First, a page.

Do you have enthusiasm for SBI for the long haul?
I have been very negative on public sector banking for years now and the reason is that I have always believed that their managements are not streamlined. They have a lot of obligations in terms of waiving loans from time to time. They are not technologically updated. But I do believe that at SBI, the interest income that they earn quarter on quarter has broadly remained the same. Even for the June quarter, it was marginally higher. They have taken a hit on other income and I do not know why that is but they have taken a hit on their other income. Their interest income has been about Rs 70,000 crore on a quarterly basis and that is in line with what they have been reporting but the stock price has corrected almost 50% from where it was.
I am negative on financial services because I expect that if markets fall, a lot of the bulk sale will happen across mutual funds and there is a lot of holding in SBI and other financial stocks. So to that extent, the stock will fall. When I compare SBI with other private sector banks, it looks like this stock has fallen a lot more than it should have. So I would not rule out the possibility of a bounce back here which would be percentage terms higher than the bounce back you will see in private sector banks.
Having said that, I will make it clear that I do not own this stock. I do not intend to because it does not fit in my rationale for investing. I think public sector companies suffer. I may, however, hold it for trading from time to time if I feel that a lot of these PSU stocks are trading at a price much lower than where they should be. There are other PSU stocks which I am interested in right now. I can talk about that but I do believe SBI is deeply undervalued.
Which are the other PSUs which interest you?
There is one stock that I have been looking at, a stock which I had in my portfolio until 2016-17 and this is ONGC. The reason is the stock has fallen about 60-70% from its highs and the reason is obviously oil was not selling. There was a complete lockdown and so crude oil prices were done, In fact, it started trading negative at one point earlier this year but that still does not justify ONGC to be trading at Rs 70. This is a stock which on a quarterly basis, reports a gross revenue over Rs 100,000 crore and in June they reported Rs 62,000 crore.
I do expect that going forward, the demand for oil would come back to pre Covid levels by the end of this year at which point, this stock should bounce back quite sharply. It has got a great dividend yield, it has no problems in terms of debt on its books. This is a kind of monopoly which compels an investor to buy at Rs 70 odd levels and that is one stock which I have added to my portfolio and for anybody who wants to stay invested for a few years, even if markets fall I do not expect this stock to fall a lot more from here. I would not be surprised if this stock does a 100% upside in the next two -three years. At Rs 70 it is very, very attractive.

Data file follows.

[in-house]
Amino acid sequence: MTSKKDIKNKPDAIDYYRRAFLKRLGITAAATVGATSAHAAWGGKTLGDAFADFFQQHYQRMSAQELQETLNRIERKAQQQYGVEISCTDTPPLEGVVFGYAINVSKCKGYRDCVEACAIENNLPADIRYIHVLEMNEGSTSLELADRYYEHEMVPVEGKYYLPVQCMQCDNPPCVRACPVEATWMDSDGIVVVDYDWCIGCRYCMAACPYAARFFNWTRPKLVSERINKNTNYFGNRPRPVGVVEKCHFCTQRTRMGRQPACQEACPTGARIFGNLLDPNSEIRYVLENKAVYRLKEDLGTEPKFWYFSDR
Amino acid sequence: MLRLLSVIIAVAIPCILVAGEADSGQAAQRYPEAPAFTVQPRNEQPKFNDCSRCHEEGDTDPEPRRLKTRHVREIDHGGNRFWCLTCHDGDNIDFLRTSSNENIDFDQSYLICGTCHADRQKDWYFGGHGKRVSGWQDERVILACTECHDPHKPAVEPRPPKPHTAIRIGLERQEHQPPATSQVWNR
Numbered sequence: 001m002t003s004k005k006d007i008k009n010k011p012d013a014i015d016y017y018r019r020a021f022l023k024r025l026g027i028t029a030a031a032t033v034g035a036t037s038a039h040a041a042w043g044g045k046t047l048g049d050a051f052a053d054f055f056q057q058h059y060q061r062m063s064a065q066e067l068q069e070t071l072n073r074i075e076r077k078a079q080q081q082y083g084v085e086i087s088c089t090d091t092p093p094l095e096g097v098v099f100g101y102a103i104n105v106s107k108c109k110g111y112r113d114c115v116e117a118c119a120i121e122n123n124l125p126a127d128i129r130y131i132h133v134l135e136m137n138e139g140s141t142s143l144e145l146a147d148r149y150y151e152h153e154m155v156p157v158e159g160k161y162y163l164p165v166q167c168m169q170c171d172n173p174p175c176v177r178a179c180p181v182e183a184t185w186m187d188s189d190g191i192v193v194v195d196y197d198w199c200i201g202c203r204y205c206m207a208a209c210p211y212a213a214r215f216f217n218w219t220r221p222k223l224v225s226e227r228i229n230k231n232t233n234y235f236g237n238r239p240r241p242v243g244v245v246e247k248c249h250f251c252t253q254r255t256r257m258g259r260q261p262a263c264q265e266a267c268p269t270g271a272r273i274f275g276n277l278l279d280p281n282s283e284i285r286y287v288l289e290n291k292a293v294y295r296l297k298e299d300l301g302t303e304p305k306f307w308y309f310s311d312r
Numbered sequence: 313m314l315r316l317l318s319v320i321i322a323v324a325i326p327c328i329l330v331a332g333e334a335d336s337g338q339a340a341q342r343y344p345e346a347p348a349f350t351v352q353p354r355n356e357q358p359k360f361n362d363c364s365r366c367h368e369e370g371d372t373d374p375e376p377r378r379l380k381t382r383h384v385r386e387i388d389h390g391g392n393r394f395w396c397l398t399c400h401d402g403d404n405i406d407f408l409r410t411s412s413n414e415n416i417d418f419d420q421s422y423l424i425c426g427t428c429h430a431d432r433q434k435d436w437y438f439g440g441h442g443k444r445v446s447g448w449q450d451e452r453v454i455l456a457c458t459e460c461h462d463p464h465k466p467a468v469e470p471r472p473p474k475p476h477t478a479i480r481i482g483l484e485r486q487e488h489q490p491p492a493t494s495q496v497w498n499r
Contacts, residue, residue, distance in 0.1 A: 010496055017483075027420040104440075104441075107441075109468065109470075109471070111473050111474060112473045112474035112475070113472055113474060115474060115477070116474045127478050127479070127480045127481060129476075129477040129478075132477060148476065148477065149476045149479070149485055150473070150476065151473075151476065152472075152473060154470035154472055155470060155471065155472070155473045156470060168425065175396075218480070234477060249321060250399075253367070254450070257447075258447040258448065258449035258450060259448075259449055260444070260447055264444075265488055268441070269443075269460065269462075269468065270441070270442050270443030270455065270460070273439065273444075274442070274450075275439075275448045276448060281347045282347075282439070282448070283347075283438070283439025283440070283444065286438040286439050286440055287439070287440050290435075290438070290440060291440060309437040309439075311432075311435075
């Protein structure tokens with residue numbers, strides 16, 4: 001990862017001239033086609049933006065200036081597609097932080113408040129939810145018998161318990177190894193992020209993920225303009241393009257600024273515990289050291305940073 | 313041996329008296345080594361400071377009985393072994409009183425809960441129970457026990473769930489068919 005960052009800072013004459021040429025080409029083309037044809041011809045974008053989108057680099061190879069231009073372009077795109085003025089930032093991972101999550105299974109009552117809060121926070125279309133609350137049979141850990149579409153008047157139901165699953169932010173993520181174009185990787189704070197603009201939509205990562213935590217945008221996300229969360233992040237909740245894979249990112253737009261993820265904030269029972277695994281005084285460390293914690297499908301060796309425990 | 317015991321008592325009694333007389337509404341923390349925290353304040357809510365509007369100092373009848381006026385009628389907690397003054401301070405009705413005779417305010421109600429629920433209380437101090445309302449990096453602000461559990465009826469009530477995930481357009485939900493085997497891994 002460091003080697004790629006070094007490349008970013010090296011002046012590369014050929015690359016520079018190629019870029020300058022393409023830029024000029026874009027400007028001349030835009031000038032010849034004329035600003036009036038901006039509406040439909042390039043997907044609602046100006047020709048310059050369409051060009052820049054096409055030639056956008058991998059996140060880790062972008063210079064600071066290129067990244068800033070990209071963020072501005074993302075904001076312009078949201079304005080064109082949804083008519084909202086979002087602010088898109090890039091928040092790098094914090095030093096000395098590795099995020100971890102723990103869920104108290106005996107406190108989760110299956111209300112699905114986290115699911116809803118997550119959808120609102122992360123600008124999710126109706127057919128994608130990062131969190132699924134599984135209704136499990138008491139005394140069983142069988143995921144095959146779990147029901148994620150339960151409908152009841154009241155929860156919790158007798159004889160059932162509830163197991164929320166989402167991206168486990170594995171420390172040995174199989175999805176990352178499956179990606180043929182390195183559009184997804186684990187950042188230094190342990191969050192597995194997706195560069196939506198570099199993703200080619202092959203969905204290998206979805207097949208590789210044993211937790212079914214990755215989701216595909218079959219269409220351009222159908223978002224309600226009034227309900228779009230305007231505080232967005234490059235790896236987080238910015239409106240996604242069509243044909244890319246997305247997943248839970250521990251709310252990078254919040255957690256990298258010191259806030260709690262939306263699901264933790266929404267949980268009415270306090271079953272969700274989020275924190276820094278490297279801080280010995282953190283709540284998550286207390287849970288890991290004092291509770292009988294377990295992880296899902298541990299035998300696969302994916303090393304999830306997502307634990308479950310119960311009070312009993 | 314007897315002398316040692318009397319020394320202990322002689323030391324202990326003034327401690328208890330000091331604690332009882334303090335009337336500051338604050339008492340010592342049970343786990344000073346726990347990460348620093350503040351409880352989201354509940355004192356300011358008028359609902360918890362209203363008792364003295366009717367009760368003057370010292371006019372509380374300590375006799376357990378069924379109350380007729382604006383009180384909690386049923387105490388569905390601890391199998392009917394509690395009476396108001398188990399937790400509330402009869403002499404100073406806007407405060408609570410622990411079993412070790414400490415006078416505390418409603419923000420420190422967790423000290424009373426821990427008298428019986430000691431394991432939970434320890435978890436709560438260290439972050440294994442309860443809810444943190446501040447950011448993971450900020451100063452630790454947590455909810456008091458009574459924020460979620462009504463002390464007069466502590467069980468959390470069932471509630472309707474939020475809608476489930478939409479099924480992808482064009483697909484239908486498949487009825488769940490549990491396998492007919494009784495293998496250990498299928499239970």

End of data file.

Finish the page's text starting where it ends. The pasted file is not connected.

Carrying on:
What about the capital goods sector and L&T in particular?
More than earnings being hampered for this quarter, I would be worried about new order procurement because with the way the fiscal situation is, their biggest orders still come from the government sector and the government does not really have any money to fund big orders and make big infrastructure projects.
L&T has fallen a lot and even after the recent bounce-back, it is still trading at valuations far below it used to trade at but for a good reason. Fundamentally, there has been a dent in the infrastructure sector and I do not really like capital goods space much at this time. I would much rather prefer sticking to pharma, IT and I do not see any reason why infrastructure or capital goods will do well at least on an immediate basis.
What about Vedanta? What would you advice shareholders to do?
Since the time Cairn India was merged with Vedanta, I have been saying that this is a bad and corrupt management. They have done this before. They are doing it again with Vedanta. They are trying to buy out the company at a price where somebody should come in and say we would like to buy the promotersâ stake from the promoter at this price and the same story is being repeated as it happened at the time of Cairn India.
Cairn India was a very cash rich company when they merged it with Vedanta and today Vedanta stock price has fallen so much and this is not the time to do a delisting of the company. I would be happy to see LIC not sell its stake but again at the time of the Cairn-Vedanta merger also, eventually LIC did sell its stake. So if you are unfortunately a shareholder of Vedanta, first of all you should ask yourself why you bought into this company because everyone knows on the Street that this is a company with a dodgy history and very bad corporate governance in the past.
If you are holding on to this stock, I do expect they would probably up the price at which they want to buy back and probably make a few bucks extra but nothing in there. I do not own the stock, I do not ever want to own these kinds of companies.
Besides IT, pharma the other theme which is really sought after has been speciality chemicals. Do you see a big re-rating there?
No absolutely not. In fact, in speciality chemicals I have absolutely no idea why this theme has become a darling of a lot of fund managers. I see nothing that has changed for this space really. But the way some of these stocks have been running up in an extremely overvalued market kind of worries me.
a), I do not understand this space very well; and b), every time I look at stocks in this space they are trading at valuations which frankly I do not understand. Nifty is trading at a price earnings multiple of 34. I have not seen that in the last two-and-a-half decades. Specialty chemicals is just one of those flavours of season and these are typically the kind of sectors which should be avoided.